Kaufman County

Co-defendant Kim Williams speaks from prison about 2013 Kaufman triple murder case

Friday Dateline program reports on the Eric Williams case

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From prison, the wife of convicted killer Eric Williams speaks to NBC’s Dateline Friday night about one of the most notorious killing sprees in North Texas history.

Kim Williams was sentenced to 40 years in prison for the Kaufman revenge murders that put her husband on death row.

It was January 2013 when Assistant Kaufman County District Attorney Mark Hasse was gunned down on his way to work near the Kaufman County Courthouse.

That day his boss, District Attorney Mike McLelland promised to prosecute the killer to the fullest extent of the law.

But two months later before any arrests were made, McLelland and his wife Cynthia were found murdered at their home.

Dallas Attorney Toby Shook was one of the lawyers assigned as a special prosecutor for the investigation and trial.

“It was a very heavy responsibility. I’ve never seen a case like this before,” Shook said. “It was a diabolical crime, the extent, the planning that went into these murders for revenge, the cold-blooded nature of the killings.”

During the investigation, other Kaufman officials received protection for fear they could be next.

“That was a pretty scary time for all of us,” former Kaufman County Judge Bruce Wood said. 

As the county’s top elected official, Wood said he was close to all the people involved.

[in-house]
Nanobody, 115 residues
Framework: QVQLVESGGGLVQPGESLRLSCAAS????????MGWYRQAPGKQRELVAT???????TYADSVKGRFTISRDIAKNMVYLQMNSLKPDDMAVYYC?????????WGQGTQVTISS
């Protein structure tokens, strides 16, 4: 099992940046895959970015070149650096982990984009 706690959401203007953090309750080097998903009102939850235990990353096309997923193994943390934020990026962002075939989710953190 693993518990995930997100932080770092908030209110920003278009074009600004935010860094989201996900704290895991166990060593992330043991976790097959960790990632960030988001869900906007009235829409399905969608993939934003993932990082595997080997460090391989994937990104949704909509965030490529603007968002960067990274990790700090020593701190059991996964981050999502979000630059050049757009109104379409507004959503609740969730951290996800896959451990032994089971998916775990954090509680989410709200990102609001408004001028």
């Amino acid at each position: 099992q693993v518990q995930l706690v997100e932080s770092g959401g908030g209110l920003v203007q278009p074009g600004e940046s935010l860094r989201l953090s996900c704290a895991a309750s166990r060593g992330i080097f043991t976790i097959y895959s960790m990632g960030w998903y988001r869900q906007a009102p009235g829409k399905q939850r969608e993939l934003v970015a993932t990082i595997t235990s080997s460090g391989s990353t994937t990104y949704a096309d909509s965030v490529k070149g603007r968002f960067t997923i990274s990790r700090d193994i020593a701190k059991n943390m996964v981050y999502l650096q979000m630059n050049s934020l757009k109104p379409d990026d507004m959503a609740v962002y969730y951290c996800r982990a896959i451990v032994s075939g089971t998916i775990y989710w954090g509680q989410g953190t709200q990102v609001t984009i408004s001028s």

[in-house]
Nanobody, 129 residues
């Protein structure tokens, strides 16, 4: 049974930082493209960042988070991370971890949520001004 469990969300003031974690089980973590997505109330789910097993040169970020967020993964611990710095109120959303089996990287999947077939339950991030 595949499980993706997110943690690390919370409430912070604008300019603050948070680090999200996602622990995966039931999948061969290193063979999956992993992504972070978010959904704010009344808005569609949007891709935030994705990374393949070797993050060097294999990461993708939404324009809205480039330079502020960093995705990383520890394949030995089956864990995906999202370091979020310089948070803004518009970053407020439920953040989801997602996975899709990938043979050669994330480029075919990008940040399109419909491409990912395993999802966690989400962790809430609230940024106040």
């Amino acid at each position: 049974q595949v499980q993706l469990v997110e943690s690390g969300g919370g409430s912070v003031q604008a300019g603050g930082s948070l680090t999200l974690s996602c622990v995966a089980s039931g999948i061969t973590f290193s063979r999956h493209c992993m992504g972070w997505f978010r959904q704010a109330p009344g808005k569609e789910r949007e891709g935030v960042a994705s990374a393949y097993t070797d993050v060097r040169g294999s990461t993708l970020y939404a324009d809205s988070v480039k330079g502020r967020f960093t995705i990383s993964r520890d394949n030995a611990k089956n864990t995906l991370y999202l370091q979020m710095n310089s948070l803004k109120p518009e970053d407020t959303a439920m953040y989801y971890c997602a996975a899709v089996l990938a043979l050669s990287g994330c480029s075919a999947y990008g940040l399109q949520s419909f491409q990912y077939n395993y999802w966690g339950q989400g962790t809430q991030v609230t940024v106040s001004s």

“McLelland and Mark would stop in the office two or three times a week and just say ‘hello, how are things going,’ just have a cup of coffee or whatever,” Wood said. "It really was a shocker to just about everybody I came in contact with."

As investigators considered all sorts of possible suspects and motives, Wood said insiders suspected former Kaufman County Justice of the Peace Eric Williams from the very beginning.

Past conflicts with county leadership included a theft of computer monitors case that ended Williams’ JP position.

“He felt that he didn’t need to go through the process that was set up by the county,” Wood said.

During the investigation, Williams spoke with reporters and boldly denied any involvement before he was finally arrested after the McLelland murders.

Current District Attorney Erleigh Wiley said she had an earlier conflict with Williams that could have made her his first victim.

“I think all the time that I really am blessed,” Wiley said.

As a judge at the time, Wiley said she accused Williams of overbilling for county-assigned child protective services cases.  Wiley said the issue contributed to the demise of Williams’ law practice before he ran for Justice of the Peace.

“There were thousands of dollars of county assigned work over years that he had discrepancies,” Wiley said.

Kim Williams testified against Eric in the sentencing phase of his trial, detailing how their crimes were carried out.

His wife said Eric Williams had a hit list of people who might also have been killed if he had not been stopped and Erleigh Wiley was on the list.

“When I heard that I was like, ‘Wow,’” Wiley said.

These three people involved with the case ten years ago are curious to hear what Kim Williams has to say about it now.

“I don’t know if what she says today will be to try to mitigate her role because she wants to make parole, obviously, because it will be another ten years when she will come up,” Shook said.

Wood said he still considers Eric Williams to be the main culprit.

“He was such a controlling person. I don’t think she was of her right mind. I understand she was usually sedated,” Wood said.

Wiley said Kim Williams is responsible because she could have taken action to stop the killing, but also said the case is a lesson for influencing others.

“I would put nothing past Eric Williams. I would put nothing past him. So, that makes me more sympathetic to her,” Wiley said. “It is pretty amazing. It’s an unbelievable kind of story.”

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